The distribution and role of "available" iron in two estuaries Public Deposited

http://ir.library.oregonstate.edu/concern/graduate_thesis_or_dissertations/9593tz351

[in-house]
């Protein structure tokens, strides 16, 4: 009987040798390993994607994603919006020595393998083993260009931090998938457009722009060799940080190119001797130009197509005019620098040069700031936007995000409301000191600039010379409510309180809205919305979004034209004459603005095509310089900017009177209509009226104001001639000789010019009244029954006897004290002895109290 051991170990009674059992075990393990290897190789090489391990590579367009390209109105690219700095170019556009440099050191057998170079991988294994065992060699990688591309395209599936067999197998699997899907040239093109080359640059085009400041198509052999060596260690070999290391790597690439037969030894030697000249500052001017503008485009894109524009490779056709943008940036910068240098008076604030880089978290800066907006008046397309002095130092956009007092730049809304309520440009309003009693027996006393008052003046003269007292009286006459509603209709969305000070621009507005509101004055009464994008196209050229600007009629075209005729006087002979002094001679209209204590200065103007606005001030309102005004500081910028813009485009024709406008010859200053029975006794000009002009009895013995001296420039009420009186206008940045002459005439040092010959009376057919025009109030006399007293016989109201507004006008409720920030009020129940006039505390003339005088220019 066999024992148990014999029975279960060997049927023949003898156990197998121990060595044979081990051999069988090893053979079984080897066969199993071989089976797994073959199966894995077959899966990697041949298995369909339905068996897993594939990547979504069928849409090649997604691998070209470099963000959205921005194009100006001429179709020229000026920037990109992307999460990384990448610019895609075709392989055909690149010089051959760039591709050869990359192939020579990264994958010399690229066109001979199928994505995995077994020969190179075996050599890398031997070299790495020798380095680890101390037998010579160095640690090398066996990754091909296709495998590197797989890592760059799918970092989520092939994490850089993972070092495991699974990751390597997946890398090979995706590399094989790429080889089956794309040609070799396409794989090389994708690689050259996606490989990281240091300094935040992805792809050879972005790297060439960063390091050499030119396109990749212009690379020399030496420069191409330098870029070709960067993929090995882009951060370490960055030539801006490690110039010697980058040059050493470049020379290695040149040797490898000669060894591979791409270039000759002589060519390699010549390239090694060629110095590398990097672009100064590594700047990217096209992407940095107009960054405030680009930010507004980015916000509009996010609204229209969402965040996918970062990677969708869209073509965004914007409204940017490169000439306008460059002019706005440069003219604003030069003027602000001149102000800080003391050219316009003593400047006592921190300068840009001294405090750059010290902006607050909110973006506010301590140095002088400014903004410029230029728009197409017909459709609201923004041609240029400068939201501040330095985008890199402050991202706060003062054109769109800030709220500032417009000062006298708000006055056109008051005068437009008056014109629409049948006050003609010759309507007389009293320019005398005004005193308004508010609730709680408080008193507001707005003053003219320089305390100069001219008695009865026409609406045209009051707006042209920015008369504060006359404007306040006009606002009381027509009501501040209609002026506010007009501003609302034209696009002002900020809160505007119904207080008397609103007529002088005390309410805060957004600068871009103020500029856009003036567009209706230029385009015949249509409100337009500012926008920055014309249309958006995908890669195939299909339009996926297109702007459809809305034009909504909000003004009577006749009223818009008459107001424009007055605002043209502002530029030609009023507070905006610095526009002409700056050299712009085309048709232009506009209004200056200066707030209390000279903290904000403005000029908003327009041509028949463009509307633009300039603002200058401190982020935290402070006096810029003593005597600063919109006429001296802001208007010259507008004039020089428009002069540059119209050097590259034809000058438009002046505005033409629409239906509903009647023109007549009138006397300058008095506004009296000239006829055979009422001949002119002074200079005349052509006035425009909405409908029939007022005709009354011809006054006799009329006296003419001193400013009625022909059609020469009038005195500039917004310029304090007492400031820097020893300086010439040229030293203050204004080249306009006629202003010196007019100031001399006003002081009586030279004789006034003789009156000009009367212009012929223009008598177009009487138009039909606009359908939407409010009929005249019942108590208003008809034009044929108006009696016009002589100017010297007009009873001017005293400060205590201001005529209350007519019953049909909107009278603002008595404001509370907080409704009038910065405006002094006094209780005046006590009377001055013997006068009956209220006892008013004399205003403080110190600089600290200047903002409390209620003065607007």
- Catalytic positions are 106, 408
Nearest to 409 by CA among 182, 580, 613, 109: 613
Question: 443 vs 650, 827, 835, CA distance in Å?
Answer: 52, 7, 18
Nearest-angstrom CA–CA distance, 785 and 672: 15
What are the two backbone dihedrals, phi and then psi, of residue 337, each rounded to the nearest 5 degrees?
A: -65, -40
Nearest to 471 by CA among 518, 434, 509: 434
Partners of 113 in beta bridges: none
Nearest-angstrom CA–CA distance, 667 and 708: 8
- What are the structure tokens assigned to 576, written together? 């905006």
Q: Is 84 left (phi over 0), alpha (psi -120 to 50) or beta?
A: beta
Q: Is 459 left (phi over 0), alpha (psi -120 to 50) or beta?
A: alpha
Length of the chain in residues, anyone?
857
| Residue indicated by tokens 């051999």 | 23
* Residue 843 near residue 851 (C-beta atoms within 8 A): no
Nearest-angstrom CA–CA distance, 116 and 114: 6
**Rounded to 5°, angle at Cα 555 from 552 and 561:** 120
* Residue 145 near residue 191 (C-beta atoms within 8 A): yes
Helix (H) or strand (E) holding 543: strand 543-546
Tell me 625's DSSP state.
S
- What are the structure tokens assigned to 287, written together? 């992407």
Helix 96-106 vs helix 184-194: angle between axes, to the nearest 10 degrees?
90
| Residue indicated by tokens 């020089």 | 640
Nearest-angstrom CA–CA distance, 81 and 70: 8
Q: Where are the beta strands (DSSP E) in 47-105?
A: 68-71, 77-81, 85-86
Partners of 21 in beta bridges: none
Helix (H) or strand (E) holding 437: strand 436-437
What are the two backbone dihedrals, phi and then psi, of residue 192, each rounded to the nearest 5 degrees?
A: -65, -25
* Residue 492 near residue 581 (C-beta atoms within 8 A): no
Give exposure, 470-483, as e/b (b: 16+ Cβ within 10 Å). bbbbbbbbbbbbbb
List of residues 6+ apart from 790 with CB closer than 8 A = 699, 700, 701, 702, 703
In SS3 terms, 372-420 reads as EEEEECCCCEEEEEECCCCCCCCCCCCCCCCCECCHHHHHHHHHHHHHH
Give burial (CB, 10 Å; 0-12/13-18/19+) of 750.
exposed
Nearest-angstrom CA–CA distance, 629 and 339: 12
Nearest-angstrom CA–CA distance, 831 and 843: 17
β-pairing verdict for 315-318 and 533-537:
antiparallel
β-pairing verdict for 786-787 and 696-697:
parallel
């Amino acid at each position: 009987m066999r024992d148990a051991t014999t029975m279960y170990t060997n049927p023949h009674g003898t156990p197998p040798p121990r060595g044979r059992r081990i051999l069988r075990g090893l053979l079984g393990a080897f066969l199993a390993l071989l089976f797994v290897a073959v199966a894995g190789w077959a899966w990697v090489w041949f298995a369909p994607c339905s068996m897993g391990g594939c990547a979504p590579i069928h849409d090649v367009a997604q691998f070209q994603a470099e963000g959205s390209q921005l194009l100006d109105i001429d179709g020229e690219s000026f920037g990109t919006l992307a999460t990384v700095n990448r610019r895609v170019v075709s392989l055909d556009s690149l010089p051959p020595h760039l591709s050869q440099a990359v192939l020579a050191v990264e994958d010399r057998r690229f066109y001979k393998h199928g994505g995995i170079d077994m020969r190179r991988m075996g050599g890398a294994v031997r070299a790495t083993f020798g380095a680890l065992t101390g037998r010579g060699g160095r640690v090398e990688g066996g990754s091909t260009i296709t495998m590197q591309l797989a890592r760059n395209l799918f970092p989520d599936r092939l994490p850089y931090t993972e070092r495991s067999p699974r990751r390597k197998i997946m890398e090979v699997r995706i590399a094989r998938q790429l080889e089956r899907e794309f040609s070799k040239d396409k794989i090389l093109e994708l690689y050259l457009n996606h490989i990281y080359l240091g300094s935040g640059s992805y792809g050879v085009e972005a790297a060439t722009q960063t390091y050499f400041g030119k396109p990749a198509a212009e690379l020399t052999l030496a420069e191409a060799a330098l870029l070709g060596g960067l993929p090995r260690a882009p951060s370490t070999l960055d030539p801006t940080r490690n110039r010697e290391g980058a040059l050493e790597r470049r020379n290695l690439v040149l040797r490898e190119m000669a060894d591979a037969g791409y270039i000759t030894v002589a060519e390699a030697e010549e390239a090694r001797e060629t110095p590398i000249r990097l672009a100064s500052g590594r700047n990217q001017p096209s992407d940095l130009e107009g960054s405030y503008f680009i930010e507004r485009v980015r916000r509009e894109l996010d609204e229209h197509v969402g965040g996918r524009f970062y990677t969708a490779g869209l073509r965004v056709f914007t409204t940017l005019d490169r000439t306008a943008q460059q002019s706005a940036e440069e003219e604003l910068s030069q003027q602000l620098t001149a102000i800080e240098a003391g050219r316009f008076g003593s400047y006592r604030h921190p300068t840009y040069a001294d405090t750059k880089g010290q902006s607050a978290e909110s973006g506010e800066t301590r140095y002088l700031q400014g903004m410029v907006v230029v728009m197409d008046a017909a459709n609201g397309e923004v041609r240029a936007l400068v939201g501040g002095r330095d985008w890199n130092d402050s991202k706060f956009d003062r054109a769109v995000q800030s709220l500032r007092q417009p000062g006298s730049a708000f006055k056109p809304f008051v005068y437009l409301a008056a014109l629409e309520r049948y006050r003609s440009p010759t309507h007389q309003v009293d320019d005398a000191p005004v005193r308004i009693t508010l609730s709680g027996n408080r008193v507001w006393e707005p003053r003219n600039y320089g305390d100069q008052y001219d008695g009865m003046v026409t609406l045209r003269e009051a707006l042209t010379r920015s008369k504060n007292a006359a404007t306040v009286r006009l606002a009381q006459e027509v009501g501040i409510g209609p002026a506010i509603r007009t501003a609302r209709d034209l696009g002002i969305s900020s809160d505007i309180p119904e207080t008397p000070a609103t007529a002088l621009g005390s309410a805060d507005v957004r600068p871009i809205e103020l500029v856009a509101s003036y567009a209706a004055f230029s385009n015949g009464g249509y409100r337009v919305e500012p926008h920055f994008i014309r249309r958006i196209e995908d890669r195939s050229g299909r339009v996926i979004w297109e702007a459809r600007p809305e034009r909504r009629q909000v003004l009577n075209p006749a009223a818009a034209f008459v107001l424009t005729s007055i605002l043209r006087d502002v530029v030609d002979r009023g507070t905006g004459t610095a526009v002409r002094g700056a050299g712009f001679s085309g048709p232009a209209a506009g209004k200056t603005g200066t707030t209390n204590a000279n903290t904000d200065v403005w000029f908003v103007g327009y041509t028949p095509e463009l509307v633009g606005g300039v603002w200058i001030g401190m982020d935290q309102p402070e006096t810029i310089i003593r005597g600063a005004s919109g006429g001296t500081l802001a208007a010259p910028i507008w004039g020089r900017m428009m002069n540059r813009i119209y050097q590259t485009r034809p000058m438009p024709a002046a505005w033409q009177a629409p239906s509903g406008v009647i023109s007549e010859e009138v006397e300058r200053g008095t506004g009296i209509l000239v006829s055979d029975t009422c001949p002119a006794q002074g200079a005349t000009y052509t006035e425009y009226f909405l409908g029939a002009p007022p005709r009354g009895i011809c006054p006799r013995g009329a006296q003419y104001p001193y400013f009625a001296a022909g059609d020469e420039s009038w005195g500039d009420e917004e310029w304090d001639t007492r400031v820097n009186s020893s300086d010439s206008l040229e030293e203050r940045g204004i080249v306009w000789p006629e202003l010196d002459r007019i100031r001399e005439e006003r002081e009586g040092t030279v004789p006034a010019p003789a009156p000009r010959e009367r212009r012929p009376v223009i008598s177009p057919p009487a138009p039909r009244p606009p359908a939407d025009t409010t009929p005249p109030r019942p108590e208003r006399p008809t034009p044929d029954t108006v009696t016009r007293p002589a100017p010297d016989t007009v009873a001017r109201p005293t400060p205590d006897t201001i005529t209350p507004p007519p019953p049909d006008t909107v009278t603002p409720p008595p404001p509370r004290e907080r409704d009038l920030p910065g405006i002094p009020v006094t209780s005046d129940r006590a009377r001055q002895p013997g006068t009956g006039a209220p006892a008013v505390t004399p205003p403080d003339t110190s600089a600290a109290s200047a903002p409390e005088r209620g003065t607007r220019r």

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  • A detailed study of iron concentrations measured by the reducible, reactive ferrous, and extractable methods was conducted in Auke Bay, Alaska during June 1973 and in Hood Canal, Washington during October 1973 and April 1974. The concentrations by each method were generally highest at the bottom and decreased towards the surface with occasional pockets of high iron concentration water at the surface. In Hood Canal in October the maximum reactive ferrous iron concentration was observed at the bottom of the pycnocline. Large changes in the iron concentration were observed between successive surveys. The reducible iron method (range <0.8 to 187 μg Fe/L) measures colloidal ferric hydroxide plus easily dissolvable and reducible organically and inorganically bound iron. The reactive ferrous iron method (range <0.04 to 4.2 μg Fe/L) measures loosely bound organic and inorganic ferrous iron. The extractable iron method, as finally used, (range <4 to 170 μg Fe/L) measures that iron measured by reducible iron method plus up to twice the tightly bound organic iron. We have defined "available" iron (with quotes) as that iron which appears to be taken up by phytoplankton as determined by the correlation between the in situ iron concentration and the chlorophyll a concentration. Chlorophyll a concentration maxima generally occurred at the depth of the iron concentration minima, strongly supporting the idea that each method measures "available" iron. However, significant correlation coefficients for the regression of iron concentration versus chlorophyll a only support the "availability" of reactive ferrous iron and that phytoplankton prefer ferrous iron to ferric iron. This was one of the first extensive uses of Lewin and Chen's (1973) ferrous iron method and values observed were generally 2 to 100 times less than they reported. Changes occurring during water storage appear to be a function of p0₂. Major changes took place during the first five hours of storage. Interstitial water was greatly enriched in iron compared with the overlying water. The ferrous iron concentration was particularly high due to the low Eh of the sediments. Although the net flow of "available" iron is out of the sediment, the flux is small (approximately 3 x 10⁻⁵ μg Fe/m²sec). Most of the iron that appears to be coming from the sediment is probably being produced by bacterial decomposition as in the case of subsurface sources of iron associated with ammonia or urea maxima. Fresh water is a significant source of extractable and reactive ferrous iron into the well-mixed surface layer. Fresh water is also a source of organically bound iron. Zooplankton appear to produce "available" iron by eating or excretion. Light appears to cause the production of ferrous iron through an undetermined mechanism.
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